by Charmian Barton
Significant changes to the Contaminated Land Management Act 1997 (NSW) came into effect on 1 July 2009. Businesses who own, lease or manage contaminated land in New South Wales may find themselves liable for contamination where they previously had no responsibility.
Changes under the Contaminated Land Management Amendment Act 2008 (NSW) relating to the removal of the ‘no knowledge’ defence, a new offence of providing false or misleading information, and the introduction of offset arrangements came into force on 10 December 2008. The remainder of the provisions took effect on 1 July 2009, including the removal of the ‘significant risk of harm’ test.
The changes give the NSW Environment Protection Authority (EPA) broader powers to issue investigation and clean up orders and cast a wider net in terms of those with responsibility for reporting contamination in New South Wales.
‘Significant risk of harm’ test replaced
The EPA now has power to regulate contaminated land if it considers the contamination is ‘significant enough to warrant regulation’. The new test will give the EPA greater discretion to regulate contaminated land which may see it issuing more management orders for the investigation and clean-up of contamination. However, the EPA will have to apply the same considerations under the former ‘significant risk of harm’ test when deciding whether or not to declare land to be regulated land.
Change in terminology
New terminology is adopted for the declaration of contaminated land as ‘regulated land’ and for the issuing of management orders which may include investigating or cleaning up contamination. The use of the terms ‘investigation order’ and ‘remediation order’ is dispensed with.
Responsibility for clean-up
In deciding whether to issue a management order, the EPA is only required to follow the former ‘hierarchy’ of responsible persons as far as is practicable. In addition, the EPA has power to issue a management order to investigate and/or clean up contamination against more than one person. This means the EPA does not have to pursue the polluter in the first instance, but can serve orders on the polluter, land owner and notional owner simultaneously. As a consequence, land owners may be subject to more management orders, and find they are responsible for cleaning up contamination caused by their tenants.
Preliminary investigation orders
The EPA now has power to serve a preliminary investigation order (PIO) to determine whether land should be declared regulated land. The power is substantially broader than the power to issue a management order. It may catch a person who carries out activities on land which generate the same contaminant as specified in the order, even if there is no evidence that the contamination was caused by that person. It would be prudent for tenants to obtain a baseline report before entering into a lease in order to determine the extent of contamination. If you are a landlord, you may wish to include a clause in your lease requiring the tenant to cover the cost of complying with a PIO if it is associated with their activities. Substantial penalties apply for non-compliance with a PIO (AU$68,750 for a corporation with an additional penalty of AU$33,000 for each day the offence continues, and AU$33,000 for an individual with an additional daily penalty of AU$16,500 for a continuing offence).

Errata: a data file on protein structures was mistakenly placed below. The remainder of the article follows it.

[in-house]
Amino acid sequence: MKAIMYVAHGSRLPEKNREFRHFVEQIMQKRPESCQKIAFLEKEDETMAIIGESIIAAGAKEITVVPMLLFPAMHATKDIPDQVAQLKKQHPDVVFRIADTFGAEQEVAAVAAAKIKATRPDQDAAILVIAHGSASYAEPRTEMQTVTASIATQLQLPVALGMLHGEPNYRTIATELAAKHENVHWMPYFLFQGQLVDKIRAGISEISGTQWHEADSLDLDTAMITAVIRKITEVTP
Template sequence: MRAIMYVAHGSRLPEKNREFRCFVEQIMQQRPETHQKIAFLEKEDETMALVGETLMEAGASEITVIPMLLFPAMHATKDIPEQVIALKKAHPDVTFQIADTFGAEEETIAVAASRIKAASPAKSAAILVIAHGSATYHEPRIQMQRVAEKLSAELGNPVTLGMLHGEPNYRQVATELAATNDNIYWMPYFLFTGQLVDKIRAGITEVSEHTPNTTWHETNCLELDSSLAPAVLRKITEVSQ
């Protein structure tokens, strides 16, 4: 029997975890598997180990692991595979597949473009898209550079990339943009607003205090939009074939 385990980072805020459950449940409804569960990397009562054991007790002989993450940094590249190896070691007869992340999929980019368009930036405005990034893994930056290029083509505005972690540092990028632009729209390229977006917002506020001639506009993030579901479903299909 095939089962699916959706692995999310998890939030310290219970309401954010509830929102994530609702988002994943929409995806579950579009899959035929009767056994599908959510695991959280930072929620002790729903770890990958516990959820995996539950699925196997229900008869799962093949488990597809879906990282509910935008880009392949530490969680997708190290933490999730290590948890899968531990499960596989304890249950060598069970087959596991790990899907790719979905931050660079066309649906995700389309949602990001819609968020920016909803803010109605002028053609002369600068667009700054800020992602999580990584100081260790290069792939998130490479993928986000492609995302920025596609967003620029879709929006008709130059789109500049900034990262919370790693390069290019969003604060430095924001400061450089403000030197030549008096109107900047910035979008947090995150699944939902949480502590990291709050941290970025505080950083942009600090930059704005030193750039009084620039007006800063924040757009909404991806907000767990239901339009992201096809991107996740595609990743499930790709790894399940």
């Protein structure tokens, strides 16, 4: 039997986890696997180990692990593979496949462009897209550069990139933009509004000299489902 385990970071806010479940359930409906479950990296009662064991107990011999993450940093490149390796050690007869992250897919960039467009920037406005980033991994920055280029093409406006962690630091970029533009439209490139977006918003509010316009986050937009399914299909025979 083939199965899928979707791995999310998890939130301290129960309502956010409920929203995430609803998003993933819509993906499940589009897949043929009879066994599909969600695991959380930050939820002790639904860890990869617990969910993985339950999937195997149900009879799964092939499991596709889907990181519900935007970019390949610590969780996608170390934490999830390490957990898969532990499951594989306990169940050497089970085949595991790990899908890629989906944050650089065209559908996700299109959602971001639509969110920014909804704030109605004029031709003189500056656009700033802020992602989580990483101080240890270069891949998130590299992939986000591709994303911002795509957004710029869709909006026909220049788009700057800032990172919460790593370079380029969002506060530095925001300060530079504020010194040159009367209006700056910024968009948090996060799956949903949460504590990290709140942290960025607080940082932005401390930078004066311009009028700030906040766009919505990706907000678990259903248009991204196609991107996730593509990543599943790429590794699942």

Duty to notify
If contamination is likely to migrate off-site, or meets or exceeds criteria set out in the Regulations or Guidelines, then an owner or polluter is obliged to notify the EPA if that person is aware or should reasonably have become aware of the contamination. New Guidelines on the Duty to Report Contamination were published by the NSW Department of Environment, Climate Change and Water in July 2009.
Whether or not a person has a duty to report requires consideration of various factors including the person’s abilities, experience, qualifications and training, whether the person could have reasonably sought advice that would have made them aware of the contamination, and the circumstances of the contamination. Where your knowledge of a site or your ability to seek advice from experts could lead to a conclusion that you should have been aware of site contamination, then a duty to notify may arise. As a consequence, those with greater financial resources or expertise may be expected to proactively investigate past or potential contamination.
Failure to report may result in prosecution and substantial penalties (AU$165,000 for a corporation with an additional daily penalty of AU$77,000 for each day the offence continues, and AU$77,000 for an individual with an additional daily penalty of AU$33,000 for a continuing offence).
Voluntary management proposals
The concept of a ‘voluntary investigation proposal’ has been removed and a ‘voluntary remediation proposal’ has been replaced by a ‘voluntary management proposal’ (VMP). The EPA can now serve a management order on a party to a VMP where the party has not complied with the proposal, the contamination was not adequately addressed by the proposal, or the proposal was given on the basis of false or misleading information. In addition, the EPA may recover any or all of its costs associated with approving and implementing a VMP from a person who is a party to the VMP. Because of the EPA’s new powers to serve a management order and recover its costs, there is less certainty under the new regime for parties to a voluntary management agreement.
Charmian Barton is Partner, Environment & Climate Change with DLA Phillips Fox